We don't know much about the winners at the 1937 Sharpe School Fair, or who ended up with the most ribbons. However, the jar of canned corn on the cob won first place. We know this because my grandmother glued a note to it stating"First Place, won by Ella Hancock, 1937. DO NOT THROW AWAY." She placed the jar of corn prominently on her pantry shelf and everyone knew not to touch it. The corn moved with her in 1960 to a new home. My grandmother passed away in 1967--thirty years after the fair. Sometime after her death, the jar was finally discarded.
Fairs and harvest festivals have evolved over the years. Good roads and modern transportation make it easy for participants to travel great distances. We have state fairs, regional and county fairs. The image on the right was from the Mid-South fair in Memphis, Tennessee in the early 1960s. Our neighbor was showing his Brown Swiss milk cows and my dad snapped my picture astride one. There are livestock divisions for all farm animals and many evenings are capped with a showcase featuring working or performing animals. A popular event throughout the South is the Saddle Mule competition. These mules are versatile as horses, and classes ranging from Western Pleasure to formal Dressage draw a huge number of participants each year. The mule images in this article are of mules belonging to Phillip and Sharon Thompson.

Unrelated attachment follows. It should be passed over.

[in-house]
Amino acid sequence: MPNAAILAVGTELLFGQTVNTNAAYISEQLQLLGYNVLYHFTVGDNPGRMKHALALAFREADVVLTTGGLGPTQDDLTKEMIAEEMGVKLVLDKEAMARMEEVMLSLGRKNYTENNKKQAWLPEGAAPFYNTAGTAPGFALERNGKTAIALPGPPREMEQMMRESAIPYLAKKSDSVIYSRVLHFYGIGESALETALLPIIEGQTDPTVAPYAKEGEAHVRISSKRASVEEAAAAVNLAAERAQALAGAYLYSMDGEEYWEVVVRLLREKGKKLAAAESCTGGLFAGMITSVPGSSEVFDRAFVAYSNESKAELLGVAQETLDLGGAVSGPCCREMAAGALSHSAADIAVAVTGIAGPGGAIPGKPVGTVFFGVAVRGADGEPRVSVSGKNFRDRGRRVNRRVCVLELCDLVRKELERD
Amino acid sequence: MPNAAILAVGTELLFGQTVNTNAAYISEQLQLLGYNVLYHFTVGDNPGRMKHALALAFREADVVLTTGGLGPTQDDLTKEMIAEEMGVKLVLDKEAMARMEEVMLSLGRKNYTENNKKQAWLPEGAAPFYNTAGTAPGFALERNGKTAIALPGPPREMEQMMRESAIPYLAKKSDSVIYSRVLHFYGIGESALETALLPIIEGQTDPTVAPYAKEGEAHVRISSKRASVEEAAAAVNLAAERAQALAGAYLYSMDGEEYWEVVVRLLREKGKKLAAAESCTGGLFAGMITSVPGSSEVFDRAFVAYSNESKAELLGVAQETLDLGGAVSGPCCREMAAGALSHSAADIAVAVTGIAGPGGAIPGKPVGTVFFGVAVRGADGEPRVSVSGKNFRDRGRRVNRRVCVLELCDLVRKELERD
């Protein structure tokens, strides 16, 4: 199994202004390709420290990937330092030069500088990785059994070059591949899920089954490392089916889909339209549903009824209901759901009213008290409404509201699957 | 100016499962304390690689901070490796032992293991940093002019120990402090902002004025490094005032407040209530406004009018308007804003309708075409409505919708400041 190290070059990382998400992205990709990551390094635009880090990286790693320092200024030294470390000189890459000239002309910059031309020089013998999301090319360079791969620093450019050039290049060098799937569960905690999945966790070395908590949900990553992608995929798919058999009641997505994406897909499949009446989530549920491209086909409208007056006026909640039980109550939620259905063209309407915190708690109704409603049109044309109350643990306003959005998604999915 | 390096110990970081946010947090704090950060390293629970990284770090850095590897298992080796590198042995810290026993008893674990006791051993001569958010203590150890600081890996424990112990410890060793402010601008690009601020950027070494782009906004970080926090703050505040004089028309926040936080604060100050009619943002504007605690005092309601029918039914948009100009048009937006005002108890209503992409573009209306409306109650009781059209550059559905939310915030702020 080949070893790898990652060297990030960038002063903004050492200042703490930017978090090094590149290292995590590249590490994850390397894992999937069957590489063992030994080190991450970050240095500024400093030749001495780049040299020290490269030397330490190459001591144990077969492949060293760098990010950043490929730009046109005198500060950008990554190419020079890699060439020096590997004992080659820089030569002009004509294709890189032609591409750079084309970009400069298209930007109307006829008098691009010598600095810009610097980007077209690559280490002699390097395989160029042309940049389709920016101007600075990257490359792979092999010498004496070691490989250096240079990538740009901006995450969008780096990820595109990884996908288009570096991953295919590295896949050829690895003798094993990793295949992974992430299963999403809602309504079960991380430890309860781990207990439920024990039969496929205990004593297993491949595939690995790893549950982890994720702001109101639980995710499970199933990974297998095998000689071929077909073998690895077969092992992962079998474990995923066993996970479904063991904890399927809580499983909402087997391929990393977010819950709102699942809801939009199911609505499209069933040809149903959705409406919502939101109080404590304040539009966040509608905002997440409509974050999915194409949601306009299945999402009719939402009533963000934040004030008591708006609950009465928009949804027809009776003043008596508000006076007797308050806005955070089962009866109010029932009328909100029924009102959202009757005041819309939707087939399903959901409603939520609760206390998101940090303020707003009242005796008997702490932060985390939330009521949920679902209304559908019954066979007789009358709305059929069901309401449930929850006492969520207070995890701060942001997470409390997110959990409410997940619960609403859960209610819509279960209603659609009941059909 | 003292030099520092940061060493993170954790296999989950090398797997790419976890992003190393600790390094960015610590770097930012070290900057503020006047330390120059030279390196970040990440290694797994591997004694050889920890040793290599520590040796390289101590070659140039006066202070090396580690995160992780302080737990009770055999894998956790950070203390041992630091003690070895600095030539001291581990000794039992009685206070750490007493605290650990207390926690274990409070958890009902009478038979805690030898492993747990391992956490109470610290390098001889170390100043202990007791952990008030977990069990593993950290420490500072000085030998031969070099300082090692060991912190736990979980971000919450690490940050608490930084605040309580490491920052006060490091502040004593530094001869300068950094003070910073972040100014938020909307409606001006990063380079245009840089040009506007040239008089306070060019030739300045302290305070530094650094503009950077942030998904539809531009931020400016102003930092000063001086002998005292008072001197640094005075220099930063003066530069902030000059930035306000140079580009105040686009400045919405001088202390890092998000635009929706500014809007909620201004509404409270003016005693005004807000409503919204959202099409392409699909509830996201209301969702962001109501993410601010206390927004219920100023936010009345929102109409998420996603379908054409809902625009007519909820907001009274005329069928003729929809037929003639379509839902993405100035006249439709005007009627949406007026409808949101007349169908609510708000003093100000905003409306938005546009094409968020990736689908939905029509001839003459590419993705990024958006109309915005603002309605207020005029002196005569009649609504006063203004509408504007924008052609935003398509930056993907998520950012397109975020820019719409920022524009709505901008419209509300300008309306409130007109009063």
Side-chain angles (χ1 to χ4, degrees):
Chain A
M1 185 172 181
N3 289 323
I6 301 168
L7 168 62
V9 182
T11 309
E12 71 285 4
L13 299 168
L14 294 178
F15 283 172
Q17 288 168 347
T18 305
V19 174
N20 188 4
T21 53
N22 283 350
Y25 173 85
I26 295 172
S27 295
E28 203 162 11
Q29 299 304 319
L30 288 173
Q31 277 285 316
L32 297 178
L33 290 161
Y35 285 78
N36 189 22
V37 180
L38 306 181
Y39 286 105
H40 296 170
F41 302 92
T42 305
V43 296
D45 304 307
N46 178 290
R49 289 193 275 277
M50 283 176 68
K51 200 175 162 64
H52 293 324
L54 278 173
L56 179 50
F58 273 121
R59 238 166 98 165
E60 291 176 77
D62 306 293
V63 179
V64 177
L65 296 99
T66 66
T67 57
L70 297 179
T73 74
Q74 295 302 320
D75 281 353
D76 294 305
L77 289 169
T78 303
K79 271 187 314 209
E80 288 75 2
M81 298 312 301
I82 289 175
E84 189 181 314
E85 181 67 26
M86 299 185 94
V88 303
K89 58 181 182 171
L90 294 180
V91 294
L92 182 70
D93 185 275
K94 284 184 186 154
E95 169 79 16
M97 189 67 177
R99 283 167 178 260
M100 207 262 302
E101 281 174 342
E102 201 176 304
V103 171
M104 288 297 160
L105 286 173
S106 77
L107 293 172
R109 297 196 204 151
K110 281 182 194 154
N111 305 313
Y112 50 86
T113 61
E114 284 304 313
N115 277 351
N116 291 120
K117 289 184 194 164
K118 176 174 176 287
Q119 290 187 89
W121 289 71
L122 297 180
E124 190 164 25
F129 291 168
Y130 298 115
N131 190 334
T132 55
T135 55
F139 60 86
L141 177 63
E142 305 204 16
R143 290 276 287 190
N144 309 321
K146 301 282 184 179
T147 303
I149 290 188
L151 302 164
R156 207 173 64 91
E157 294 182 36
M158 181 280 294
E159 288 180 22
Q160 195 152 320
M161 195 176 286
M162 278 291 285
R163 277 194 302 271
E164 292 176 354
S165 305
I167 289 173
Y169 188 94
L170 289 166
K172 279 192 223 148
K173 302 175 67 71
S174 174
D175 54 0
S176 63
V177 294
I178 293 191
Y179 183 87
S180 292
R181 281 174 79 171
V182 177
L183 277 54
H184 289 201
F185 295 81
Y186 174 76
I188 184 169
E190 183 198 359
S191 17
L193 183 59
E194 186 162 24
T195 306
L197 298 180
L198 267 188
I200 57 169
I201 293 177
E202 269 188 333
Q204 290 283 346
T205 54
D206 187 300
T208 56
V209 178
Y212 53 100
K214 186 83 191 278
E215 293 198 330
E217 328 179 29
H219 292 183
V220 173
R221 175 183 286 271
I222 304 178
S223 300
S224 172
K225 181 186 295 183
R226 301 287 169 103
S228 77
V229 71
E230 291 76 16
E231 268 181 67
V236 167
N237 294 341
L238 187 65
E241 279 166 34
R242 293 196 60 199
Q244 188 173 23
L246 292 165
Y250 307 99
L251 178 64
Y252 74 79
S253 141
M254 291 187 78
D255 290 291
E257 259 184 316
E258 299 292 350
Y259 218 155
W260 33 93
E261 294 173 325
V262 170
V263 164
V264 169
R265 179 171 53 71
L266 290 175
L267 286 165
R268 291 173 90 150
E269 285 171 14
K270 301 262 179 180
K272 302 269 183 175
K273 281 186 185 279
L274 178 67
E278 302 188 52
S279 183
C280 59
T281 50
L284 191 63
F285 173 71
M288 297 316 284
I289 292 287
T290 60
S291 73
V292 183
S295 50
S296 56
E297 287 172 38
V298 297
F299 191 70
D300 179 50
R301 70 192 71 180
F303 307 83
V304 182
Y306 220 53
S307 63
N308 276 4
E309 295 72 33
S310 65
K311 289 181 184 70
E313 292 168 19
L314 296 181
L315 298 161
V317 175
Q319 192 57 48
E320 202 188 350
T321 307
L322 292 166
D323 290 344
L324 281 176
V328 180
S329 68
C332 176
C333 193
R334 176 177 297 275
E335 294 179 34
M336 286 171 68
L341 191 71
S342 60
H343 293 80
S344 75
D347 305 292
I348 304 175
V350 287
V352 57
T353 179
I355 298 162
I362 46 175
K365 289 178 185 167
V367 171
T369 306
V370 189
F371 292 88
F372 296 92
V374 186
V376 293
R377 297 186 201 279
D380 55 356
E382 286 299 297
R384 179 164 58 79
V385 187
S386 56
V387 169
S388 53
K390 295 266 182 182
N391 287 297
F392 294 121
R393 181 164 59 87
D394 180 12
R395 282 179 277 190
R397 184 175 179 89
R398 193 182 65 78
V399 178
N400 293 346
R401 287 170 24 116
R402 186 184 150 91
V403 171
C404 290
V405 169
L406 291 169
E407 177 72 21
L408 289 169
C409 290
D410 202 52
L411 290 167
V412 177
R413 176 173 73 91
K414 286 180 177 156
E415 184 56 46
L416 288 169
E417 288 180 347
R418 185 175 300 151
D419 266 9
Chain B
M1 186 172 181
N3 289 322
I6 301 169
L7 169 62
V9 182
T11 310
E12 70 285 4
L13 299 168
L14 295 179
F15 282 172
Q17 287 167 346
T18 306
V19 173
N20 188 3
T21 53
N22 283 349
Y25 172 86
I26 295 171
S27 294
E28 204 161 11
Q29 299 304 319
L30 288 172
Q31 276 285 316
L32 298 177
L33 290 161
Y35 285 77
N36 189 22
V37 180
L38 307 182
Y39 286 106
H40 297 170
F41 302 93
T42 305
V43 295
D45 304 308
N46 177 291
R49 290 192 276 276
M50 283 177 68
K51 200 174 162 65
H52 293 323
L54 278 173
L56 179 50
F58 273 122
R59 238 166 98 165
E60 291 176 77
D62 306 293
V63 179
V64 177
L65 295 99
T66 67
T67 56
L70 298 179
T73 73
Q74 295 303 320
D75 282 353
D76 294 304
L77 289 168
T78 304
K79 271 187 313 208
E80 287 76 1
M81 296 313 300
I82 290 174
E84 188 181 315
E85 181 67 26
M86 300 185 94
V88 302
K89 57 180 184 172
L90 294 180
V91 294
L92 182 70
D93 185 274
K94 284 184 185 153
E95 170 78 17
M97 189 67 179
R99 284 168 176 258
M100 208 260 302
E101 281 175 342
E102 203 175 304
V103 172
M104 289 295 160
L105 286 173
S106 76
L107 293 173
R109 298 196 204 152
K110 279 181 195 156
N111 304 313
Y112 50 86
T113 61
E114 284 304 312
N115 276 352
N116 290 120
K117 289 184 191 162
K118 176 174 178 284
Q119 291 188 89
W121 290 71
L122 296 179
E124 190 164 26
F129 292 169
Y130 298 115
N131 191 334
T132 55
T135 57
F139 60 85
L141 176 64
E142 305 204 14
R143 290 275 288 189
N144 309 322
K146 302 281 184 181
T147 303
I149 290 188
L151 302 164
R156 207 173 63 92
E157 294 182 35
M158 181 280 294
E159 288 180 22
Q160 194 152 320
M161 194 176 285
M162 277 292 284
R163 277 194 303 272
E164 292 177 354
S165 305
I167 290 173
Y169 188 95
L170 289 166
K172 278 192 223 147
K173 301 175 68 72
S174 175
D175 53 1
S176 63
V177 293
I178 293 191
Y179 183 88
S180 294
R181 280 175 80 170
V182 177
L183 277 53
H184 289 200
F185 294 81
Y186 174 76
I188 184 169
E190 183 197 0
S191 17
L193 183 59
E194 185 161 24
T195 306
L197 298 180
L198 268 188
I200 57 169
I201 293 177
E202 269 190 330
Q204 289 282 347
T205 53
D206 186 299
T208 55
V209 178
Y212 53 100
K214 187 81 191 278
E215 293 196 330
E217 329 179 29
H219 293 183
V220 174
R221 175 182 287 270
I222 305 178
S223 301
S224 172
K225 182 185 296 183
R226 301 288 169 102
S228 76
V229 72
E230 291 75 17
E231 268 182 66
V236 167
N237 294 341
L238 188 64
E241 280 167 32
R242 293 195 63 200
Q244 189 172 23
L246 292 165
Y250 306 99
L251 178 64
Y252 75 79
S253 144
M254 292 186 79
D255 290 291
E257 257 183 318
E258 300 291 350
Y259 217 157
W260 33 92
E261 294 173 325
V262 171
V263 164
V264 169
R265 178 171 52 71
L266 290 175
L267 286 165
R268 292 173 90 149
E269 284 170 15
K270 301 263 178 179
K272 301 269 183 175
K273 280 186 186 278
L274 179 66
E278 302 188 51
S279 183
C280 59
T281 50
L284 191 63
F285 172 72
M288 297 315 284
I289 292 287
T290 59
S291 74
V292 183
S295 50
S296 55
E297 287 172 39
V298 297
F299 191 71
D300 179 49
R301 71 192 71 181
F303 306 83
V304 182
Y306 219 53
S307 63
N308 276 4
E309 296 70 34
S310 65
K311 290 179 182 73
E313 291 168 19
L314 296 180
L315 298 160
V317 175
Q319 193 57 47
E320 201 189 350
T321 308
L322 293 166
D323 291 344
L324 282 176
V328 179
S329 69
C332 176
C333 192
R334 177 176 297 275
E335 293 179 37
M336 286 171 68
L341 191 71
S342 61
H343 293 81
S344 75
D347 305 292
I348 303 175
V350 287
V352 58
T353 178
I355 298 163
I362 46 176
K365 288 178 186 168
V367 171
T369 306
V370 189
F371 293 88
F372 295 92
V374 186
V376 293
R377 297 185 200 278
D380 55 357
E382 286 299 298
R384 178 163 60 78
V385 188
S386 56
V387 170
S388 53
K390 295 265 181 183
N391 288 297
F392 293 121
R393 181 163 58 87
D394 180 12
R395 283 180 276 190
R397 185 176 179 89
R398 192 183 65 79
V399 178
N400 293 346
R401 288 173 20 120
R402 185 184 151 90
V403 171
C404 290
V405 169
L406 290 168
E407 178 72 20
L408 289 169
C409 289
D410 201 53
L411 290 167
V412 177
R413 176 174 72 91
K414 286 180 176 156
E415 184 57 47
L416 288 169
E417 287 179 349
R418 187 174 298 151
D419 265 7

Sharon is Betty Rudolph's granddaughter. She and her husband carry on her grandmother's legacy of friendly competition with their World Champion gaited saddle mules, Ace, Baby Doll and Sonny Boy. They compete throughout the region in local and national events and their mules are among the best in the world, winning numerous honors.
In modern society, the internet has closed distances between towns, cities, countries and continents. We are a global community with no boundaries and members from all parts of the world interact daily with no concern about the physical distance between them. It was a big deal to travel a few miles in my grandmother's day. She and her friends only lived a short distance from each other, but getting together involved an all-day trip. These days, we have the ability to chat with virtual neighbors across a garden fence that might be an ocean.
This year, Dave's Garden is putting a new twist on this centuries-old tradition, as we introduce our version of the county fair. Members are invited to share their images and recipes in this friendly competition. We'll even hand out virtual blue ribbons to the winners. Gather with us for the Dave's Garden Pixel County Fair, A Celebration of Harvest Traditions with a Virtual Twist. You can vie for a blue ribbon of your own, to be displayed on your member page, or simply weigh in with your votes for the best in each category.
A special thanks to Phillip and Sharon Thompson, and their World Champion mules, Ace (Kentucky State Champion 3 years,) Baby Doll (Kentucky State Champion and World Champion,) and Sonny Boy (Champion, Cantering Class, World Show.) They graciously allowed me to take the mule pictures in this story.
About Melody Rose
I come from a long line of Kentuckians who love the Good Earth. I love to learn about every living thing, and love to share what I've learned. Photography is one of my passions, and all of the images in my articles are my own, except where credited.